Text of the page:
JOHN FRANCIS, R.I.P
Reflection after fifty years
John Francis was a soldier.
2nd Lt., United States Marines.
B. February 17, 1907.
D. October 22, 1942.
So reads the foot-stone which lies in shadow of marble pillars,
National Memorial Cemetery of the Pacific,
The year John Francis died
Dawned in fateful aftermath of Date of Infamy
And saw the world engulfed in war.
Young men across the globe heeded call to arms
Not knowing of their fate
Though each and all feared the worst.
As private prayers pursed their lips
Battles raged In Europe, Asia, and across the Pacific –
And everywhere, young men fell into the dark abyss
Of deathly silence –
‘Last full measure of devotion’ now complete,
John Francis went to war in 1942 –
A Massachusetts Patriot
Descended of those who gave up all to leave their homeland
To seek a better life in a place far removed from what they knew –
A place removed from war.
And when the call to arms was issued
He was ready
To climb aboard a ship and sail
Toward battles already raging.
His duty, he knew, was to lead the fight –
To keep the flame of free men alive atop the pyre
Of human hope.
He didn’t know his fate, of course.
Such things are not written in advance for men to read.
John Francis fought the valiant fight until that fateful day –
October 22, 1942,
When then there came another call –
This time from his God.
John Francis died.
John Francis was interred with honors due
Beneath the Emerald grass of Hawaii
In a somber place – a place which makes the living beg
The question and ask their God or gods –
Fifty millions dead –
Perhaps we’ll never know.
I found myself staring at the foot-stone of John Francis.
It was in an early row of graves, close to the ascending stairs.
The marble columns and the Garden of the Missing
Gleamed above the grass of the cemetery.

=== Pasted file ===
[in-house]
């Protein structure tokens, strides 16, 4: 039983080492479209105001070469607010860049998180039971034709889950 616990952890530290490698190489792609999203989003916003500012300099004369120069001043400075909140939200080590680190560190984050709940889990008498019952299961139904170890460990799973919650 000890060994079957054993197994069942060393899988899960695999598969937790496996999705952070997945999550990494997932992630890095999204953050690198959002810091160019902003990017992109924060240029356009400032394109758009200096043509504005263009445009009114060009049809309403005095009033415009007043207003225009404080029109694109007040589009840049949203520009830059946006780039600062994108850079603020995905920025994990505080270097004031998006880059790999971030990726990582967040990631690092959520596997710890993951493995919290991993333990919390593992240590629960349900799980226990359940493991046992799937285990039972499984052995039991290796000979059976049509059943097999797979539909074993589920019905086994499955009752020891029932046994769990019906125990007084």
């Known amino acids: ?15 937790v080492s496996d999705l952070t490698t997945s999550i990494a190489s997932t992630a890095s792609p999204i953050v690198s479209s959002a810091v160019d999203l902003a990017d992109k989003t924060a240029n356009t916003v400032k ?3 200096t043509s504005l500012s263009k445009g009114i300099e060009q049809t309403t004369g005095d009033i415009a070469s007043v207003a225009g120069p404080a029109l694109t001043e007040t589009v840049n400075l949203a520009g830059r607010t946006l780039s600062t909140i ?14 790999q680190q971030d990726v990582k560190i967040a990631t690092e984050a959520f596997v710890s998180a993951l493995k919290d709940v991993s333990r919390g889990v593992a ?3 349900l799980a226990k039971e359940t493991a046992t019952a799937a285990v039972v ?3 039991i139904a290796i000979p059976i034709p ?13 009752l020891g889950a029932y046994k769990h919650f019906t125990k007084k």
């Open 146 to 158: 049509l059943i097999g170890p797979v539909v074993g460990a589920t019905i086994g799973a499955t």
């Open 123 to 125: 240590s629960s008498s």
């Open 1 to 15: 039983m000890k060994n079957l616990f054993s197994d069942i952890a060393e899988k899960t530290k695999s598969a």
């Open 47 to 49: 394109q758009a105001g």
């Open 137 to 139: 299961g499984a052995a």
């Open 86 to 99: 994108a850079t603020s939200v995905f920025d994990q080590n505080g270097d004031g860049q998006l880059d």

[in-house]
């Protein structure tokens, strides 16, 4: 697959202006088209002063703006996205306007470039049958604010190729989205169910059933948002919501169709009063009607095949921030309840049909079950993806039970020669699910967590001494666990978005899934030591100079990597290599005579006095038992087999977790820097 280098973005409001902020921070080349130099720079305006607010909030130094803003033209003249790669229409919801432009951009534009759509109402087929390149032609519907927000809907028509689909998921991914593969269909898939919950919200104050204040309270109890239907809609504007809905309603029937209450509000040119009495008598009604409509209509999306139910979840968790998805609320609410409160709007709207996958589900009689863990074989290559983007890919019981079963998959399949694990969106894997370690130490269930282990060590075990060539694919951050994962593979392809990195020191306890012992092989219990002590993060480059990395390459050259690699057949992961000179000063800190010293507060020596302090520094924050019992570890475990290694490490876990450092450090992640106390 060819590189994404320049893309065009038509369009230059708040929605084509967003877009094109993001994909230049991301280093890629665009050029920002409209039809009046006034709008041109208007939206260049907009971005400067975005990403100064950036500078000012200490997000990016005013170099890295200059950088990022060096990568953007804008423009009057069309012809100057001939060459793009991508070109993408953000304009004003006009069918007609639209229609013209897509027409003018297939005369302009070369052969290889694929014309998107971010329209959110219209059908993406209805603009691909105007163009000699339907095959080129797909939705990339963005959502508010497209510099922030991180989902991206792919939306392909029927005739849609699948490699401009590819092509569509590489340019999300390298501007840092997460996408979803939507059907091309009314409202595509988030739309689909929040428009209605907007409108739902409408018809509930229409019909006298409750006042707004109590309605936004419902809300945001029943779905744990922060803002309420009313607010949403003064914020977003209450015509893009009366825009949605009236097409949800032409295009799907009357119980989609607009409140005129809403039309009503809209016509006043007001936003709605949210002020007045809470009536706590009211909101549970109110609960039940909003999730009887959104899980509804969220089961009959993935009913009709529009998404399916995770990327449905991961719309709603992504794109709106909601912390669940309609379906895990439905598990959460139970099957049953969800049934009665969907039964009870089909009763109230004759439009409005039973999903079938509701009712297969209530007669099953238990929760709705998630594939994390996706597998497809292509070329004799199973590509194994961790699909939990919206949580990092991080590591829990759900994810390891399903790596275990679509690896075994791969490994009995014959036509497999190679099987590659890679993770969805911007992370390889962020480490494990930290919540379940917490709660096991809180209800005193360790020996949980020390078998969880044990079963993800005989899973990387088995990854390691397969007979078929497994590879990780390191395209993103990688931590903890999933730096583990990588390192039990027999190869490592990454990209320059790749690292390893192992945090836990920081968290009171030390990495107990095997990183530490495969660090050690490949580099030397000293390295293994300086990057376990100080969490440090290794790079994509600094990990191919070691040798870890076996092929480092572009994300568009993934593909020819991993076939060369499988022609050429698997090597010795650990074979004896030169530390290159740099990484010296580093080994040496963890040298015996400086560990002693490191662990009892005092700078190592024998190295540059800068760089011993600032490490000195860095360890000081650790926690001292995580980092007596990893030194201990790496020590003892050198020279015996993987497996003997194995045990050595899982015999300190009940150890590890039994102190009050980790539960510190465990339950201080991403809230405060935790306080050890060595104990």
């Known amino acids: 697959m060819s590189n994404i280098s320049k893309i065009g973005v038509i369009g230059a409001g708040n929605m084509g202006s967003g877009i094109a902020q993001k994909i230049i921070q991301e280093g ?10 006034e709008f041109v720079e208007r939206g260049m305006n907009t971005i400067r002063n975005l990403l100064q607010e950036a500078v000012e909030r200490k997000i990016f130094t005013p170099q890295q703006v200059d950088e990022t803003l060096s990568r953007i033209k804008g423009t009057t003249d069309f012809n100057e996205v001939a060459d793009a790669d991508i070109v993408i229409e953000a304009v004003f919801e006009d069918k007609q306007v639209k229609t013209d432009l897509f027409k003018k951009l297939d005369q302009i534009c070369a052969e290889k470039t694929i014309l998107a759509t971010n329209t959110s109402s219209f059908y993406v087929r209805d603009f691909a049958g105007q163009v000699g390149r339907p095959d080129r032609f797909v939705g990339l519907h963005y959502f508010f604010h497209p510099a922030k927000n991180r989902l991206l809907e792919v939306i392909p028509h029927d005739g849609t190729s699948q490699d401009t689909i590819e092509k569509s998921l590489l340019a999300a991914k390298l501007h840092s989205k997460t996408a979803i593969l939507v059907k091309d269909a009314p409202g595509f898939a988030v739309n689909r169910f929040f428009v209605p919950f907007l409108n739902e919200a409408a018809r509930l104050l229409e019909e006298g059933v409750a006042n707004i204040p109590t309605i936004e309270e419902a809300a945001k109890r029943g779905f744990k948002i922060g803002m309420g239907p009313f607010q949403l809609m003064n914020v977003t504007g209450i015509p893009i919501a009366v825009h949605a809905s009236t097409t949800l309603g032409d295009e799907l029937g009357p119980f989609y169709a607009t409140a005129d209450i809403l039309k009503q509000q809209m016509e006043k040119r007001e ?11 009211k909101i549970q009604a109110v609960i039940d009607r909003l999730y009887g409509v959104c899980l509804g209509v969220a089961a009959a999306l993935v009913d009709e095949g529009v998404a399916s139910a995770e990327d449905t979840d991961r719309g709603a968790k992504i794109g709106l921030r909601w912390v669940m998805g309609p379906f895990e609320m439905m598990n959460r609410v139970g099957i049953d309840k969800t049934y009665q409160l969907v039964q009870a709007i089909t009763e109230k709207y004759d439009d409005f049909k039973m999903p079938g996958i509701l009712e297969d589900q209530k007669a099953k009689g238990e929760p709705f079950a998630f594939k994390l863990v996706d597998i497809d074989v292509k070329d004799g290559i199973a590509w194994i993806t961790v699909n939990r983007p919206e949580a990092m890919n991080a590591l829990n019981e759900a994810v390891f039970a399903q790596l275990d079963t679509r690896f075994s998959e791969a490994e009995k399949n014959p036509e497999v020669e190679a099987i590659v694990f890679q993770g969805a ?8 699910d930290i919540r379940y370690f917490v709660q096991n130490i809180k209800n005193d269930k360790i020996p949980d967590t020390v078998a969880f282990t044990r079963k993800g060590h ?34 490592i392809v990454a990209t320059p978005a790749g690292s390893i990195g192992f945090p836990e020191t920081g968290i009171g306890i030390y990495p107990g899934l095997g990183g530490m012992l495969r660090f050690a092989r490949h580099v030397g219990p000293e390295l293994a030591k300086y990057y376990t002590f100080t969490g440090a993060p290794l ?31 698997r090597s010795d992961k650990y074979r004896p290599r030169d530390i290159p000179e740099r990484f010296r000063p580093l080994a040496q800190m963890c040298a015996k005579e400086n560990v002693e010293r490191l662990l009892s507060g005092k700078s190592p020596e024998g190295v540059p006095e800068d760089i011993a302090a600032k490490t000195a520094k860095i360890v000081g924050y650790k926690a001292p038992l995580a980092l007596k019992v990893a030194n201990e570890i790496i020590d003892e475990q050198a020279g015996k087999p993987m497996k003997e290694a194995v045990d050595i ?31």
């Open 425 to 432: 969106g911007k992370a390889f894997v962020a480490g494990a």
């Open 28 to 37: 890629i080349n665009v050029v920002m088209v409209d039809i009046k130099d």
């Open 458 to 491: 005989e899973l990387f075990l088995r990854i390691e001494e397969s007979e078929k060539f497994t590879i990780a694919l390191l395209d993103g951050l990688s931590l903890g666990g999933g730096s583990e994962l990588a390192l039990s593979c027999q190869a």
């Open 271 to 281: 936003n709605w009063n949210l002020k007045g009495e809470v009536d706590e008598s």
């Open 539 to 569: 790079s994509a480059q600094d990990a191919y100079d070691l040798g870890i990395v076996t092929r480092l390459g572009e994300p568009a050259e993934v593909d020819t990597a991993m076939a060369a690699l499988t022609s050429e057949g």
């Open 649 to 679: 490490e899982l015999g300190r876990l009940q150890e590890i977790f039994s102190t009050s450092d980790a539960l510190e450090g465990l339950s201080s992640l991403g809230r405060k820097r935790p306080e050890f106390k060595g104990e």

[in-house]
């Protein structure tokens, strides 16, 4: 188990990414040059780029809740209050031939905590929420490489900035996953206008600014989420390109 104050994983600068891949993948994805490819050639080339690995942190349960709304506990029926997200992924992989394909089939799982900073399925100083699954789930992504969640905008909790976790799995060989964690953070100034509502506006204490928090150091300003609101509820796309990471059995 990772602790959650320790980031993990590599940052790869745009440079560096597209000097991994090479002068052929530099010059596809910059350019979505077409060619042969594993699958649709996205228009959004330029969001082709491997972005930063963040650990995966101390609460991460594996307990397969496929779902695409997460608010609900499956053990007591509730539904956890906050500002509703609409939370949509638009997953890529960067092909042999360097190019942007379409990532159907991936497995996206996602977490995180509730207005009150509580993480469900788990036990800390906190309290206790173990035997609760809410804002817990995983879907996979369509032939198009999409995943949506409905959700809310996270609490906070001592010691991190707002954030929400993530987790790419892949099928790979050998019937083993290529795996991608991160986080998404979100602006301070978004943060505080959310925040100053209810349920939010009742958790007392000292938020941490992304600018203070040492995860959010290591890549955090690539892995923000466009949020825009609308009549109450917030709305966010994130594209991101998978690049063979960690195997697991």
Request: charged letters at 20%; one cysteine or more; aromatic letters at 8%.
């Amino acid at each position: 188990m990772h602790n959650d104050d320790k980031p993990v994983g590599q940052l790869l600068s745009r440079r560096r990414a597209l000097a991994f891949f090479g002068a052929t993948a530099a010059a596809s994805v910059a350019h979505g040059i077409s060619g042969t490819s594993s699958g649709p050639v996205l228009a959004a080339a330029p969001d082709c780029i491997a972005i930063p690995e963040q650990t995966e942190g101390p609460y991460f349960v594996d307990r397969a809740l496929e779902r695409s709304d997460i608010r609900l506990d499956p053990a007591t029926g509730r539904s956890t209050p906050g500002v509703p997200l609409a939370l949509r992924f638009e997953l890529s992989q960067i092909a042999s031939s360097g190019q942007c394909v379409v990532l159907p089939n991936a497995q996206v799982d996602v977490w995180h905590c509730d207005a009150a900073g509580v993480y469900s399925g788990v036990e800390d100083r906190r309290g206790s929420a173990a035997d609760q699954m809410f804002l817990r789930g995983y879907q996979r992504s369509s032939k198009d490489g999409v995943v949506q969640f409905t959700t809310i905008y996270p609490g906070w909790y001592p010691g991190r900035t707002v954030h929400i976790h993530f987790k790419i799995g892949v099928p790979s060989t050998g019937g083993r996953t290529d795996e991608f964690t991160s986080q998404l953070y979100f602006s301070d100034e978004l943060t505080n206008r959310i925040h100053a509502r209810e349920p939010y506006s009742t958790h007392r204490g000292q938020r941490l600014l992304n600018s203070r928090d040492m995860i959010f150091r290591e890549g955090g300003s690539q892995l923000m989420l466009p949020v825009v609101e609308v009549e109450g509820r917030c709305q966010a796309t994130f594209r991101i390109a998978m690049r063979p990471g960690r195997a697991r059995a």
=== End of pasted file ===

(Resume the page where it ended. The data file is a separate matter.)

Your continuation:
I lingered there, humbled,
Recalling things, histories,
For on the day John Francis died
Another life began, a full half-world away –
There was a birth, you see –
And the newborn heard no gunshots as he took his first breath.
Nor was he able to wonder if John Francis had heard the noise –
The summons of his God –
Which claimed his last
John Francis shares a date with me –
His final day upon this earth
Was my first.
And after fifty years had passed I promised him –
As I stood in sunshine, free of war, alive
Upon his grave –
That I would ne’er forget
Those were my thoughts a near quarter century ago. Today, on the seventy-third anniversary of John Francis Fogerty’s untimely death, I still find myself wondering if there will ever come a time in human history when a child might be born on a day where no one will die — anywhere — in yet another war. I wonder also, has there ever been, across the entire span of human existence on this earth, a single day when a birth anywhere was not coincident with a wartime death?
Aeschylus’ Agamemnon spoke of the situation circa 480 B.C.E., and sadly those words still, to this day, perfectly describe the consequences of mankind’s greatest failure: his never-ending propensity to engage in yet one more war . . .
“Dear gods, set me free from all the pain,
from the watch I keep . . .
“I mustn’t sleep, no — . . .
“I sob for all that’s come to the house. So badly
managed now. Men die and things go down.
Oh for a blessed end to all our pain,
some godsend burning through the dark.”